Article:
There seems to be a trend here. Illness and stress. Spending wild amounts of money and stress. The culprit behind so many of our health problems is staring us in the face. Want to cut chronic diseases and health bills? Start with stress, the crisis at the heart of the health care crisis.
For two weeks I put myself through a mind/body experiment -- no iPhone or iPad usage after 8:30 p.m. or before 45 minutes of waking up in the mornings.
Learning to effectively cope with stress can not only help you feel better on a daily basis, but also protect your brain from the damaging effects of stress to preserve and maintain cognitive function throughout life. Here's how.
We don't have to be victims of hurry sickness. We do have all the time we need -- and from this patient mind zone, we can reclaim our time, our priorities and our ability to respond well to life and all its demands. With patience, we're in the driver's seat of our own lives.
The moment I made the decision to make this move, I also made the decision to let it be easy. This was a choice, and one I had to continue to make every single day.
I set my alarm and 20 minutes later, I was a new me. I didn't even have to think about what I was going to do, I just did the first thing that came naturally. Now, GPS for the Soul has become my daily opportunity for me to check in with me.
I was never really there. There are great swaths of Grace and Whit's babyhoods that I simply don't remember.
Through my experiences over the past year, I've learned the hard way that chronic stress is a silent killer, playing a key role in many significant he...
Identifying a food you react to can be more challenging, since it's possible to have reactions that occur one to two days after eating something. In addition, when we eat a food frequently, we often cannot recognize the symptoms it causes, since we're too used to them to identify them.
If you find it difficult to celebrate your own achievements, you may have a tendency to sometimes be self-critical, lonely, and perhaps a little resentful. I can say this because I've lived this myself. Here are some tips to embrace your own achievements fully, without qualification.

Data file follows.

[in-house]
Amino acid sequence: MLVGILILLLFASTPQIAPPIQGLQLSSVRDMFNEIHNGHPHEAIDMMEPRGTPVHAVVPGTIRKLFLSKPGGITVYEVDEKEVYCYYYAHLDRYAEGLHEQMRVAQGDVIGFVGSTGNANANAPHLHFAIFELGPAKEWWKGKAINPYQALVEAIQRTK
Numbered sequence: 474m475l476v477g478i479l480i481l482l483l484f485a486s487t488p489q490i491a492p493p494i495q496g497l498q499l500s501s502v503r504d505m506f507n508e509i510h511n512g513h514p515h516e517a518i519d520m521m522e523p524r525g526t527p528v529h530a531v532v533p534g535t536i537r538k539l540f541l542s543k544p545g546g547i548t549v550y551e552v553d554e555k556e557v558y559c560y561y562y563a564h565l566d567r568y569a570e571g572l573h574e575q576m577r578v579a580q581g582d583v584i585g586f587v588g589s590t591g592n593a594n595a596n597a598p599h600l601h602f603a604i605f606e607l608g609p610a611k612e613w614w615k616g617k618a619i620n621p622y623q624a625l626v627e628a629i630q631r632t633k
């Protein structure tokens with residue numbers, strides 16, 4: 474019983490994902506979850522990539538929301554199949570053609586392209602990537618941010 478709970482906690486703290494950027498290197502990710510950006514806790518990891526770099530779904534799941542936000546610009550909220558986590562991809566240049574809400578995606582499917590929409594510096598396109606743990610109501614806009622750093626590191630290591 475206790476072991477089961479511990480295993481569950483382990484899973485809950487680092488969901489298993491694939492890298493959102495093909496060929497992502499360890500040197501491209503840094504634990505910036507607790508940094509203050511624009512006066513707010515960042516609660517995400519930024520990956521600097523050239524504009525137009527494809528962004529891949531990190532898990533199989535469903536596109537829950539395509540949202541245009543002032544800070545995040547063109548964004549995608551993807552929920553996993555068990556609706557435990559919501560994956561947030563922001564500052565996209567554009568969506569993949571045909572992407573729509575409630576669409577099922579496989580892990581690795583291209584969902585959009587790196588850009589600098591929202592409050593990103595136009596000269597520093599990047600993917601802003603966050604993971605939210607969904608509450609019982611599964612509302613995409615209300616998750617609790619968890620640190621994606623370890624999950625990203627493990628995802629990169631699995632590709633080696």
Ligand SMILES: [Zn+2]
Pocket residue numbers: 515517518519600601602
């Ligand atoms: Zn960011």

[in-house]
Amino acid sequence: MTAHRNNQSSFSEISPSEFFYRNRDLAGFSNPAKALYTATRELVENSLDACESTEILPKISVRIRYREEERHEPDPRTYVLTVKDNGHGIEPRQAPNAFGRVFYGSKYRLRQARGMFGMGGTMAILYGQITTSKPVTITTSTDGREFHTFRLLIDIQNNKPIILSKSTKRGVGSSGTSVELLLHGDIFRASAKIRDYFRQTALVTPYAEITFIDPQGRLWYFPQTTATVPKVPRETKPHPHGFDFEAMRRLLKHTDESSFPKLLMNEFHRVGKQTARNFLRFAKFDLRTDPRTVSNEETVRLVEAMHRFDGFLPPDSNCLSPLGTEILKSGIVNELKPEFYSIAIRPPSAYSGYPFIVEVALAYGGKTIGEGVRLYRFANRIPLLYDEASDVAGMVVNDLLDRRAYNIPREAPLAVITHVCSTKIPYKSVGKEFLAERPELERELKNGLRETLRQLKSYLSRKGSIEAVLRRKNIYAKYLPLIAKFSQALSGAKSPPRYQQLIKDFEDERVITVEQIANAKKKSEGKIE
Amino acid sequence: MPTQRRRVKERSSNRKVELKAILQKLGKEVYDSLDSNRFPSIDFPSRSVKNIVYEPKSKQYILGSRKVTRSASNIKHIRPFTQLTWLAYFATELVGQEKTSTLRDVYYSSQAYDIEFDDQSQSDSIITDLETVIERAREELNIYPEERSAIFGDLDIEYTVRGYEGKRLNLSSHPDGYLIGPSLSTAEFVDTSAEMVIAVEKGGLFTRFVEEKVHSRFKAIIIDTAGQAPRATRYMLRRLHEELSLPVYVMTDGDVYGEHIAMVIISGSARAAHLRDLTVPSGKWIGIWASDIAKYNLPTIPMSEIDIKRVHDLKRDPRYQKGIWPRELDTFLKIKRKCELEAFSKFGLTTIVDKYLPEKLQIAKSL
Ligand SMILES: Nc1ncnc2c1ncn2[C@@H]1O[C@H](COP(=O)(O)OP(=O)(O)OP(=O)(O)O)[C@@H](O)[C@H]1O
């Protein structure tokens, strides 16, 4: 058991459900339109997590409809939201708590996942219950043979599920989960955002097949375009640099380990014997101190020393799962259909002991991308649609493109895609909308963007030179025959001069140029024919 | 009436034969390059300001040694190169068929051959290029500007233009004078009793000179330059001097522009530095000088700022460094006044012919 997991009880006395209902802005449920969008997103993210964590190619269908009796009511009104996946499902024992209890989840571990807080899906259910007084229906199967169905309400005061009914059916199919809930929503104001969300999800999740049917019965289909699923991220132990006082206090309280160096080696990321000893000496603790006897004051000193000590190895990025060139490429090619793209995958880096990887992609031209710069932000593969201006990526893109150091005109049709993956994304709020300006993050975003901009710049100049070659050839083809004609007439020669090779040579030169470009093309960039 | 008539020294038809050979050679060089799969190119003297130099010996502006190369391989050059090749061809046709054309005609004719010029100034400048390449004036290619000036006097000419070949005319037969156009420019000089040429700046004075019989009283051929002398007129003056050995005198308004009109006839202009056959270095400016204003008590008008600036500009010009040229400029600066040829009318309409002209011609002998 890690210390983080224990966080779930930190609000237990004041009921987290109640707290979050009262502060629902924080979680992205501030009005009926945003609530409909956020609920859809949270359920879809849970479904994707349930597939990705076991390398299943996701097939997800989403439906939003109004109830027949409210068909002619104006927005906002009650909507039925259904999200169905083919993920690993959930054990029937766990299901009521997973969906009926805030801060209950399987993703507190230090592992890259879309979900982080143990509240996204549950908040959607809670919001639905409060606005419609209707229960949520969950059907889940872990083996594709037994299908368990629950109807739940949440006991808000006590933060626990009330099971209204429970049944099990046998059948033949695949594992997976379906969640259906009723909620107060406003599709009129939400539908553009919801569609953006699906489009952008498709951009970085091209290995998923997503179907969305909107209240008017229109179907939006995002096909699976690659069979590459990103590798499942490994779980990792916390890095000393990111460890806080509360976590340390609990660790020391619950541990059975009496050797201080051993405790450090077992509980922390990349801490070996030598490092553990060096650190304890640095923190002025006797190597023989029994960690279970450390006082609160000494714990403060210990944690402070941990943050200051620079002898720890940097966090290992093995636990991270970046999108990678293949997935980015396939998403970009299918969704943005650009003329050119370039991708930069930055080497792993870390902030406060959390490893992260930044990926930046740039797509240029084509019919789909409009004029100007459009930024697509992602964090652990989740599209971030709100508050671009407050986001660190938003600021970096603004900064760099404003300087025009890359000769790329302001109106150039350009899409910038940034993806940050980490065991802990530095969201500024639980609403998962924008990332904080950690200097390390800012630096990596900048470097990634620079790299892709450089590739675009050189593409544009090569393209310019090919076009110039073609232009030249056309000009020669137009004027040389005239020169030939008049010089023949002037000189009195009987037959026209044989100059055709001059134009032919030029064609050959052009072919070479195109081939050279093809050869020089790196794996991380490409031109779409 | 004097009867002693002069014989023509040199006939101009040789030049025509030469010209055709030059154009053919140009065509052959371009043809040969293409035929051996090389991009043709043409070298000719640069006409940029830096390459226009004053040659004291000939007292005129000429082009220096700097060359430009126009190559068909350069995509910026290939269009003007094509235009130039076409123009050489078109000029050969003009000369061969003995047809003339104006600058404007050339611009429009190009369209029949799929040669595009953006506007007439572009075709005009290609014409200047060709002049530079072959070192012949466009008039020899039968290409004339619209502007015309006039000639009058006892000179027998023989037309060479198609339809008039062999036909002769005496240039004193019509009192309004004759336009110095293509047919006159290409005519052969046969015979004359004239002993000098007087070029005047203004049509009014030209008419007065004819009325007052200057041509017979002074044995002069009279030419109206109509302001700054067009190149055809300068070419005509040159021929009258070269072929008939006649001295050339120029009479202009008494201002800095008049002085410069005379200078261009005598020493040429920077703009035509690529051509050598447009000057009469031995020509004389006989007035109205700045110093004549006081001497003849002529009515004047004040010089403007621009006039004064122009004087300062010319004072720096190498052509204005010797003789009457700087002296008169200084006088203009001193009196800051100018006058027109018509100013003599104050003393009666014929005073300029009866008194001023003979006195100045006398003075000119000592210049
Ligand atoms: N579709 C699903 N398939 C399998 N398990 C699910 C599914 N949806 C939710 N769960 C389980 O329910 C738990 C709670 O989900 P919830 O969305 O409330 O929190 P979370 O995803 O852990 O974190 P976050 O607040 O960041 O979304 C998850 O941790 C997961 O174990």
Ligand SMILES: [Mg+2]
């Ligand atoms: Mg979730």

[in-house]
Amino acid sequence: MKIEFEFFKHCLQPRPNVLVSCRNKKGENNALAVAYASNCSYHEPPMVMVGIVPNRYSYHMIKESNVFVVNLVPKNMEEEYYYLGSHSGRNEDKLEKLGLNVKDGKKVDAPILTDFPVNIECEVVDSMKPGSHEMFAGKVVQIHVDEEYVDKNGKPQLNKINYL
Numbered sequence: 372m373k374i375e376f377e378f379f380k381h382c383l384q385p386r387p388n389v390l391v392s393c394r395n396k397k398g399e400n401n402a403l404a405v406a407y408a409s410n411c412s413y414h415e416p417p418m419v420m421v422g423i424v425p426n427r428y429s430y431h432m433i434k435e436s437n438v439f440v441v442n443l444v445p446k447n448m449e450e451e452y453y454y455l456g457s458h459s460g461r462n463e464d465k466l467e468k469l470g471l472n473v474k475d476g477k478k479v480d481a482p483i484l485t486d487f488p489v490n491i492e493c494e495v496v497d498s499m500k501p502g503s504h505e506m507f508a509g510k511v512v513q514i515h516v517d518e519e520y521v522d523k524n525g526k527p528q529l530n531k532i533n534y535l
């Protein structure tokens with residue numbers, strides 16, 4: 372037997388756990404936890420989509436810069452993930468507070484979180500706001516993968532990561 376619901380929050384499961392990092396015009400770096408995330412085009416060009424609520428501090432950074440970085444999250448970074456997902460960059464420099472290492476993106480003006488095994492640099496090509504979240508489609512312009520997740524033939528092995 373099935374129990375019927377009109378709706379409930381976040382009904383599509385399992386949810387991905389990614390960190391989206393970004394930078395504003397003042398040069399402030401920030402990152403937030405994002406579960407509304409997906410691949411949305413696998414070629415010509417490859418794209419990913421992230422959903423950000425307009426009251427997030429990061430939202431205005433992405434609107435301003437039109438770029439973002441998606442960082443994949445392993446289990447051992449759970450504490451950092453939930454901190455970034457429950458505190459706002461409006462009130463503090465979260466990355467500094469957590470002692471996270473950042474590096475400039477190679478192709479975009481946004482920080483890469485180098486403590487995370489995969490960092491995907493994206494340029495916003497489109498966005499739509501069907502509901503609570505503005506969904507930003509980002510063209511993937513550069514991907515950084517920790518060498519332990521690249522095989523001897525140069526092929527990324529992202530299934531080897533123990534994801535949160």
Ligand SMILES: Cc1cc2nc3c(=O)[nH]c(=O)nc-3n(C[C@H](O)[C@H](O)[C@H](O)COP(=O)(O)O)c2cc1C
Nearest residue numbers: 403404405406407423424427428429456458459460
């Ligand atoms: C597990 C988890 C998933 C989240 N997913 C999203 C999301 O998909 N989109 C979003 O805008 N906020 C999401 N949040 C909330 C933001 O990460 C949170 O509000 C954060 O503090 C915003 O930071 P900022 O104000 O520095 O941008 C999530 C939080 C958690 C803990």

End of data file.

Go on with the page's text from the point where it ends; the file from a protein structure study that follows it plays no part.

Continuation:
If mindfulness is a state of active, open attention to the present, what is more mindful than laughter? Something strikes you as funny and you laugh. For that moment, the laughter and the joy of being in the moment are all you are about.
When you're experiencing stress, your impulse might be to power through, freak out, or stick your head in the sand. Bad habits such as overworking, smoking, or overeating can perpetuate the stress reaction. Here are some healthy tips on how to manage your stress before it manages you.
Meditation is the new American pushup for the brain; it's a tool that helps us check in with ourselves throughout the day. It's a practice that should be embraced by all American corporations as a way to stay calm, focused, and productive through the day.
I spent 12 magical days in Botswana exploring four camps -- Chitabe, Vumbura Plains, Abu and Mombo -- in various regions of the Okavango Delta. Each had its own personality and exciting wildlife adventure. I started my trip at Chitabe Camp, and now... Vumbura Plains
Each of us has clutter in our lives that holds us back from becoming who we want to be and achieving what we desire. What is holding you back? What can you start doing today to begin living simply, mindfully, and passionately?
The good news: You can train your mind to think about what's going right (as opposed to what's going wrong) and in so doing, create a lasting habit that will boost your positive emotions.
Breathing training (and other forms of meditation) can be an extremely powerful tool to increase the awareness of thoughts that promote chronic stress (or promote calm). Breathing training also increases the effectiveness for us to relax (or shed the stress response) on command.
Stress is making daily headlines in almost all international newspapers, online magazines, lectures, new age publications, TV and other media. It's ei...
If time holds us captive, it simultaneously offers the key to our liberation. Our shackles belong to the past and the future. In the present moment there is no past or future that is not contingent upon our attention to exist. Learning to manage our attention is the best way to manage our relationship with time.
In this week's issue, Gerry Smith looks at one of the less savory effects of recent technological innovation: the billion-dollar black market for stolen smartphones. And Lila Shapiro considers the career of former New Jersey Governor James E. McGreevey, nearly a decade after he resigned with the admission that he was "a gay American."